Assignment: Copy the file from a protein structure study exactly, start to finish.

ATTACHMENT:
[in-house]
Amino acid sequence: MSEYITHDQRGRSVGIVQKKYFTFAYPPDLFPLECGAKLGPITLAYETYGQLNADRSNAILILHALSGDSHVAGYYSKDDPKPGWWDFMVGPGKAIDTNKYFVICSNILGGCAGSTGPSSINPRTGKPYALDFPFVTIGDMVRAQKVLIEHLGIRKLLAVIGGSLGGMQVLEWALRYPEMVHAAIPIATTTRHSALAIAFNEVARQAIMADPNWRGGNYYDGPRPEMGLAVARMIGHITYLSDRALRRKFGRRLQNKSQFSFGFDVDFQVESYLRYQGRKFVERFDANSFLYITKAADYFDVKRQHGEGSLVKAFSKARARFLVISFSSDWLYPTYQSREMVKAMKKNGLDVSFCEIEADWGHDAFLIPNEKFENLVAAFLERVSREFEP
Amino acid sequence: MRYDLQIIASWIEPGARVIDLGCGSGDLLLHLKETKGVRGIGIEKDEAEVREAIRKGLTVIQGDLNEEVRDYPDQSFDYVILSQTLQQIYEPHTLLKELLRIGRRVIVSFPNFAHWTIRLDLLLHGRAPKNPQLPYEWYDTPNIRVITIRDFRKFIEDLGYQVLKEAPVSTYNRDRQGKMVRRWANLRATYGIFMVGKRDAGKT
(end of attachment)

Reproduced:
[in-house]
Amino acid sequence: MSEYITHDQRGRSVGIVQKKYFTFAYPPDLFPLECGAKLGPITLAYETYGQLNADRSNAILILHALSGDSHVAGYYSKDDPKPGWWDFMVGPGKAIDTNKYFVICSNILGGCAGSTGPSSINPRTGKPYALDFPFVTIGDMVRAQKVLIEHLGIRKLLAVIGGSLGGMQVLEWALRYPEMVHAAIPIATTTRHSALAIAFNEVARQAIMADPNWRGGNYYDGPRPEMGLAVARMIGHITYLSDRALRRKFGRRLQNKSQFSFGFDVDFQVESYLRYQGRKFVERFDANSFLYITKAADYFDVKRQHGEGSLVKAFSKARARFLVISFSSDWLYPTYQSREMVKAMKKNGLDVSFCEIEADWGHDAFLIPNEKFENLVAAFLERVSREFEP
Amino acid sequence: MRYDLQIIASWIEPGARVIDLGCGSGDLLLHLKETKGVRGIGIEKDEAEVREAIRKGLTVIQGDLNEEVRDYPDQSFDYVILSQTLQQIYEPHTLLKELLRIGRRVIVSFPNFAHWTIRLDLLLHGRAPKNPQLPYEWYDTPNIRVITIRDFRKFIEDLGYQVLKEAPVSTYNRDRQGKMVRRWANLRATYGIFMVGKRDAGKT